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dr.

Rohmania Setiarini
Fase menelan
Fase oral
Fase faringeal
Fase esofagal
Fase oral
Sadar
Bolus
Kontraksi m.levator veli palatini palatum mole
&passavants ridge terangkatbolus
terdorong ke posterior penutupan
nasofaring
Kontraksi m.palatoglosusismus fausium
tertutupkontraksi m.palatofaringbolus tdk
balik ke rongga mulut
Oral phase
Movement of the
mandible (masseter,
temporalis, lateral and
medial pterygoid
muscles)
Formation of food into
bolus
Food held
anterolaterally against
the hard palate



Oral phase
Manipulation of food
bolus in central portion of
tongue
Sequential anterior to
posterior tongue elevation
Triggering pharyngeal
reflex as bolus enters
pharyngeal phase
Voluntary phase controlled
by the cerebral cortex
(corticobulbar tract)
Fase faringeal
Reflek
Faringesofagus
Faring&laring bergerak ke atas
Aditus laring tertutup oleh epiglotis
Sfingter laring tertutup
Penghentian aliran udara ke laring
Valekula&sinus piriformis lurusbolus
ke esofagus

Pharyngeal phase
Reflex < 1s
Stimulation of swallowing
receptor areas tonsillar
pillars brain stem
Closure of the nasal part
of the pharynx
Soft palate elevation
levator veli palatini
Pulling forward of the
posterior pharyngeal wall
superior constrictor
muscle
Contraction of the
palatopharyngeal muscle


Pharyngeal phase (contd)
Larynx pulled upward
by contraction of
stylopharyngeus,
salpingopharyngeus,
tyrohyoid and
palatopharyngeus
muscles
Elevation of the larynx
beneath the
posteriorly bulging
tongue displaces the
epiglottis backwards
closure of the larynx

Pharyngeal phase (contd)
Bolus moves
downward over the
epiglottis and reach
lower part of the
pharynx

Relaxation of UOS




Deglutition (Swallowing)
Fase esofagal
Esofaguslambung
Relaksasi m.krikofaringintroitus
esofagus terbuka
Peristaltik esofagus
Sfingter esofagus terbukabolus
lwtsfingter tertutup
Saat istirahat, Sfingter esofagus bag
bwah sll tertutupregurgitasi tdk tjd
Oesophageal phase
Final phase
Involuntary
Peristaltic wave from
UOS to LOS to stomach
continuation of waves
from pharynx,
controlled by skeletal
nerve impulses from IX
and X nerve



Oesophageal phase (contd)
inititated by myenteric
nervous system and
vagal afferent fibres
medulla vagal efferent
Relaxation of LOS
Lower Esophageal Sphincter
Laryngeal Anatomy Superior view
Dorsal/Posterior
Ventral/Anterior
True vocal fold
False (ventricular)
fold
esophagus
arytenoid
aryepiglottic fold
epiglottis
glottis
Pyriform sinus
Why does phonation occur?
Aerodynamic-myoelastic theory of phonation
Glottal vibration is the result of an interaction between
aerodynamic forces and vocal fold muscular forces
Three things are necessary and sufficient for phonation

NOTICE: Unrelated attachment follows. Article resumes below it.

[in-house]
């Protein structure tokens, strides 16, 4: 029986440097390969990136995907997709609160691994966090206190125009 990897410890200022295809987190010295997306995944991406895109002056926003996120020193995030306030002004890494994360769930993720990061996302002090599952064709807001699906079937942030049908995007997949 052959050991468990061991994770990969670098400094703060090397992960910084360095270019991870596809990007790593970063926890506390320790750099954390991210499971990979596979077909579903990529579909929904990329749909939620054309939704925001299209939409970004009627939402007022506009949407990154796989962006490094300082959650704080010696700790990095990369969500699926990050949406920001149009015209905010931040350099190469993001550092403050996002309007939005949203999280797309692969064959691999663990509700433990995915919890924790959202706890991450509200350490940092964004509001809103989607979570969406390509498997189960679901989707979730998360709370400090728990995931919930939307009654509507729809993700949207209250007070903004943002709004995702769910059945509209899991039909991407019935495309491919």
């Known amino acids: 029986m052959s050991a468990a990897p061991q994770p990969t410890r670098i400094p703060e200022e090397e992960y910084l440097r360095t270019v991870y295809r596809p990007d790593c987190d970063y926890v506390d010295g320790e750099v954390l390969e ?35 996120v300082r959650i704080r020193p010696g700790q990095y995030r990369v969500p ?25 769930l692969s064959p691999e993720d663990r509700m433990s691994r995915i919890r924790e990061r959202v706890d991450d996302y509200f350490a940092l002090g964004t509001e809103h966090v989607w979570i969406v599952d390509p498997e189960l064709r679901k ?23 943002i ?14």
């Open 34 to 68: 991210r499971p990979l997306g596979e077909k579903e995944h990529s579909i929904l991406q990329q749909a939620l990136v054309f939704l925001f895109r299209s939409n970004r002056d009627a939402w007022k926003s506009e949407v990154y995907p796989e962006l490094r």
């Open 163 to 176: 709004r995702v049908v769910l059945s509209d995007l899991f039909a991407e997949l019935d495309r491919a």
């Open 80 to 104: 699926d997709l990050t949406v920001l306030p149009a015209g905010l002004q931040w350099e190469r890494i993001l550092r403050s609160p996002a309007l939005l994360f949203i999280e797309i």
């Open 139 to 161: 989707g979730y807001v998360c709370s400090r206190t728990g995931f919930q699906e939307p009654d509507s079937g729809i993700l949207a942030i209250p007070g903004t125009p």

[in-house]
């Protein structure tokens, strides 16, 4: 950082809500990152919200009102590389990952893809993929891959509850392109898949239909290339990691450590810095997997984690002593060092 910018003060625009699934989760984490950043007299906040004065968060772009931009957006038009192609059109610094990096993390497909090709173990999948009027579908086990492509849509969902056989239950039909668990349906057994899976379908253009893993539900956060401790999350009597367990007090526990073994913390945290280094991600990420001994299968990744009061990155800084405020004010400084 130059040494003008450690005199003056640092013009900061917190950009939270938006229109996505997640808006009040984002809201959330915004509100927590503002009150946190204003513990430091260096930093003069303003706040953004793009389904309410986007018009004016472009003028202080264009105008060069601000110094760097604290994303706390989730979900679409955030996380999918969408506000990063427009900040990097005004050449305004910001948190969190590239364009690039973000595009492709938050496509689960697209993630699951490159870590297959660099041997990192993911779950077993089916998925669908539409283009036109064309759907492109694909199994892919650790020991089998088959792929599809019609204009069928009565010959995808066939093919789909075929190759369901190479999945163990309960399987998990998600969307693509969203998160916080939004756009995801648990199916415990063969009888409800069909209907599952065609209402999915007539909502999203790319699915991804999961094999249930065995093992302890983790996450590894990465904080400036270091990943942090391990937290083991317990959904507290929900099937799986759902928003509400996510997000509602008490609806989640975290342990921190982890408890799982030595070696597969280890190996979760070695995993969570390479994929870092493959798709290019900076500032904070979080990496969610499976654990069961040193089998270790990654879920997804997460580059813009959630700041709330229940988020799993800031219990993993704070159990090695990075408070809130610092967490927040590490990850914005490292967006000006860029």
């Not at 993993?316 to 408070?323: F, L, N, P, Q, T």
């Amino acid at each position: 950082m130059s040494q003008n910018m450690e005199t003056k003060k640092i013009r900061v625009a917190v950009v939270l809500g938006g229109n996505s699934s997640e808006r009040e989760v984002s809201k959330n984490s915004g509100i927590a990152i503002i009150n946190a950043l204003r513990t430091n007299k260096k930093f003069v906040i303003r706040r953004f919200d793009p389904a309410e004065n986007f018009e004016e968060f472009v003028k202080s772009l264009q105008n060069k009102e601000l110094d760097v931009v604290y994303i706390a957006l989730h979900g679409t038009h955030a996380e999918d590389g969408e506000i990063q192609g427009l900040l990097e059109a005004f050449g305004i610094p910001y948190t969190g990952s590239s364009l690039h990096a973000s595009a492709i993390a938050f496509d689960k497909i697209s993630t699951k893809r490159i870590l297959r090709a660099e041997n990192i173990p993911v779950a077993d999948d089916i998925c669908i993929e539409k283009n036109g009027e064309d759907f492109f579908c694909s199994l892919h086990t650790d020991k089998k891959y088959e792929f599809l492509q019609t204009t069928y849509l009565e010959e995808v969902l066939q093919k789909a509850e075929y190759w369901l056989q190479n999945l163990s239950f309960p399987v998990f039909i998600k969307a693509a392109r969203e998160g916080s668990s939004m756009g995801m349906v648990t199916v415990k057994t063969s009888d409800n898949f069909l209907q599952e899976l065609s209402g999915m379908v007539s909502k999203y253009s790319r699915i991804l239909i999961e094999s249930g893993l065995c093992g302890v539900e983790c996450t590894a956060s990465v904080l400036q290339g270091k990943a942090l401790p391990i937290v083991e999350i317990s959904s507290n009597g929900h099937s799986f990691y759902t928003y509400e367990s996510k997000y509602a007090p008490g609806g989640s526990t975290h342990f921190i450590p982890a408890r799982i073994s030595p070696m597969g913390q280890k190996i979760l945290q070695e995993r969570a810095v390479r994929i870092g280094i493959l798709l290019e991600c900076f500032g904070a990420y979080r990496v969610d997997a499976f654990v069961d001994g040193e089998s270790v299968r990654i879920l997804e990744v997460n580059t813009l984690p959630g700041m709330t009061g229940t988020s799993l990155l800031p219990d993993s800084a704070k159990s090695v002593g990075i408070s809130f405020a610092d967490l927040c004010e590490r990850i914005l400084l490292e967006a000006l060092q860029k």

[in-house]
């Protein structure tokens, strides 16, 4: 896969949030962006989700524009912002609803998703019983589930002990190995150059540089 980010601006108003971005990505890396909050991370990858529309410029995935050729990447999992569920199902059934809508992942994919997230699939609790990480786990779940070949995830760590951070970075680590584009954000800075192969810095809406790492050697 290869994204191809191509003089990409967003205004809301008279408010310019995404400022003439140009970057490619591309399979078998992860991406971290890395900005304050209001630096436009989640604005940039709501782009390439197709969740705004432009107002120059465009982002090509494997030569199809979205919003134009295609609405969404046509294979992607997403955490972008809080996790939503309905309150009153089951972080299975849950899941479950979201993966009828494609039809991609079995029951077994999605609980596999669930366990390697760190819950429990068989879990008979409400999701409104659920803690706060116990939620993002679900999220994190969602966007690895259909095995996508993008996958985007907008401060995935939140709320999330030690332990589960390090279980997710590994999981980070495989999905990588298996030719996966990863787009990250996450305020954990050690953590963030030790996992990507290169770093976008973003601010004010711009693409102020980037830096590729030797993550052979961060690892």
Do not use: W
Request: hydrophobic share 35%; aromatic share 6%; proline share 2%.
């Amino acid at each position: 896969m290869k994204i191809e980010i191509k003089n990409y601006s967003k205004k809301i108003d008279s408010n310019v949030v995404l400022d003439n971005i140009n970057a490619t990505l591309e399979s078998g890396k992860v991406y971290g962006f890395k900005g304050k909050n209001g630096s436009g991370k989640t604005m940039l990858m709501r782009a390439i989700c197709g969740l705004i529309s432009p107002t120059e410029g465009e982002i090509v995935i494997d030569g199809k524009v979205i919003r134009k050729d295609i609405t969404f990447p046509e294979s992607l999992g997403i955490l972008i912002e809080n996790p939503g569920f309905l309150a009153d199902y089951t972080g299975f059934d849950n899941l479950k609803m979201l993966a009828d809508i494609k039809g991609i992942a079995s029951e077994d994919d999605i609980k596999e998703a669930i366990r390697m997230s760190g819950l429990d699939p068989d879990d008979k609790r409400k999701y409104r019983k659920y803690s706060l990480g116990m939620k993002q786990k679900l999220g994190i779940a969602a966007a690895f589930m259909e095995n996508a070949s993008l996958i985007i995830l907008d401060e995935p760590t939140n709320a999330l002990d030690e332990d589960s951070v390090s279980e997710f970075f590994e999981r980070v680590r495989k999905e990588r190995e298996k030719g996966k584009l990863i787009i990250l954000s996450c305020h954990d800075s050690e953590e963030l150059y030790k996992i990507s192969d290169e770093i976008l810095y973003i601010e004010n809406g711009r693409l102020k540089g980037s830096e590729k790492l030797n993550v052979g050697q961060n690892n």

1. Adduction
2. Longitudinal tension (the vocal fold must have an
appropriate amount of tension along its length)
3. Aerodynamic forces (pushing and pulling by air flow
and pressure)
Phonation: Vibrating Mechanism
The vocal cords adduct during phonation (creating of
sound)
The cords vibrate against each other hundreds of times
per second; the number of times they vibrate is known
as frequency and this is measured in Hertz (Hz)

3 major aspects of voice influenced
by vocal fold movement
Pitch - frequency of vibration
the rate of vocal fold vibration is called the
FUNDAMENTAL FREQUENCY
an increase in pitch involves an increase in frequency (hi
pitch; hi frequency)

the frequency of vocal fold vibration depends on the
mass and length of the vocal folds and the tension
3 major aspects (cont)
Loudness - intensity of sound
involves the amount of energy generated by the vocal
fold movements
intensity increases with increased air pressure from the
lungs and increased amplitude of the vocal fold vibration

Quality - the sound quality of the voice
this is affected by the pattern of movement of the vocal
folds
Resonance: The characteristic quality of
the voice
The speech mechanism is a resonator -- it is like an air-
filled tube (closed on one end and open at the other
end)

the fundamental frequency generated at the vocal folds
is resonated in the vocal tract that is now also vibrating
-- the vibration of the vocal tract is the HARMONIC
FREQUENCY

every body has its own natural frequency
Resonance (cont)
Pharynx is the primary resonator
the 3 parts of the pharynx (nasopharynx, oropharynx,
laryngopharynx)
the nasopharynx and oropharynx are the 2 resonating
systems
these 2 systems provide resonance to sounds that pass
through the oral and nasal cavities

Physical parts of the vocal system
Creating sound requires numerous muscles,
bones and organs of the body
Three main anatomical aspects:
Actuators: Lungs/diaphragm/intercostal muscles;
these organs deal with breathing/air management
Vibrator: Voice box (larynx); this deals with the
creation of pitch in the form of a sound wave
Resonators: Throat (pharynx), mouth/lips/teeth, nose;
these deal with the modification of sound into tones
Laryngeal Anatomy Superior view
Dorsal/Posterior
Ventral/Anterior
True vocal fold
False (ventricular)
fold
esophagus
arytenoid
aryepiglottic fold
epiglottis
glottis
Pyriform sinus